Seeing Through the Sea of Pre-2020 Democratic Tax Plans
Authors’ note: Fisher Investments’ political analysis is intended to be nonpartisan and focuses exclusively on political developments’ potential market impact. We favor no party, politician or ideology and believe political bias hampers economic and political analysis.
With 2019 nearly halfway through, 2020’s US presidential election is starting to take shape. Nearly two dozen Democratic presidential hopefuls have thrown their hats into the ring officially, with more entries possible. Such a crowded field means each candidate is clamoring for media attention. One surefire way of getting it? Talk taxes. Potential tax hikes and changes rank high on candidates’ platforms thus far, stealing voters’ attention—and, potentially, stoking fear. But November 2020 is still far away. Much will change as the field narrows and politicians’ stances evolve. Overrating tax rhetoric now seems like worrying prematurely—and, quite possibly, unnecessarily.
Most Democratic hopefuls favor hiking taxes on the wealthy. However, the details vary. Senator Elizabeth Warren proposed a 2% annual “wealth tax” on Americans with more than $50 million and a 3% tax on those with net worth over $1 billion (on top of taxes they already pay). Senator Bernie Sanders suggested imposing a tax ranging from 45% to 77% on estates above $3.5 million. He and fellow candidate Senator Kirsten Gillibrand proposed a 0.5% tax on stock trades and a 0.1% tax on bond trades. Meanwhile, Senator Cory Booker floated creating a savings account for every child by increasing capital gains and estate taxes. Former Colorado Governor John Hickenlooper and others also target capital gains, arguing for the elimination of the lower rate investors pay on gains for securities held more than 12 months. Senator Kamala Harris suggested giving middle-class households cash payments of $6,000 a year per family, offset by repealing 2017’s tax reform.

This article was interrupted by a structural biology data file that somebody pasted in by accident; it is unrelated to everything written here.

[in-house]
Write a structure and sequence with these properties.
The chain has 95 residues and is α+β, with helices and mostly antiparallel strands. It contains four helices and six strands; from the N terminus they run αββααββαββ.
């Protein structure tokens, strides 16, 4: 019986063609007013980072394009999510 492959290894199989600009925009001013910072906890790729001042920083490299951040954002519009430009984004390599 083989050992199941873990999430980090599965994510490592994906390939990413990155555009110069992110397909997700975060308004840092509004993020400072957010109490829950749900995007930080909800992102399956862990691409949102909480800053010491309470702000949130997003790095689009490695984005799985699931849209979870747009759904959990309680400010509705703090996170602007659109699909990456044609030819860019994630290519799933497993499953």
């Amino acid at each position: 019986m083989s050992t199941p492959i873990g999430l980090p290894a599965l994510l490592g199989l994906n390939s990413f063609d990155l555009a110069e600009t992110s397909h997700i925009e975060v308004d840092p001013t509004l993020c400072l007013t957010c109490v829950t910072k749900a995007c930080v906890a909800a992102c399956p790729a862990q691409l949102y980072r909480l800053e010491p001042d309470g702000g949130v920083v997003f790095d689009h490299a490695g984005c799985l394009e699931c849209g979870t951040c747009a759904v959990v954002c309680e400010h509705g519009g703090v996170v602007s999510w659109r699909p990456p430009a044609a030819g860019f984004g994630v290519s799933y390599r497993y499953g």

Depending on your political bent, these ideas may sound wonderful or terrible—maybe even downright frightening! Investors have a long history of fretting capital gains rate hikes, much less elimination of the concept of preferential rates for investments. But cheering or fearing potential change today is futile, in Fisher Investments’ view. For one, it is really, really early in this race. Donald Trump didn’t even enter the 2016 race until June 16, 2015. One month prior, RealClearPolitics’ 2016 GOP primary polling data showed former Florida Governor Jeb(!) Bush in the lead, with Senator Marco Rubio and former Wisconsin Governor Scott Walker tied for second.[i] Walker didn’t last to 2016, dropping out six months after the poll. Rubio and Bush survived to early 2016, but neither lasted past March. Hence, getting invested in early frontrunners—or their tax plans—seems off to us.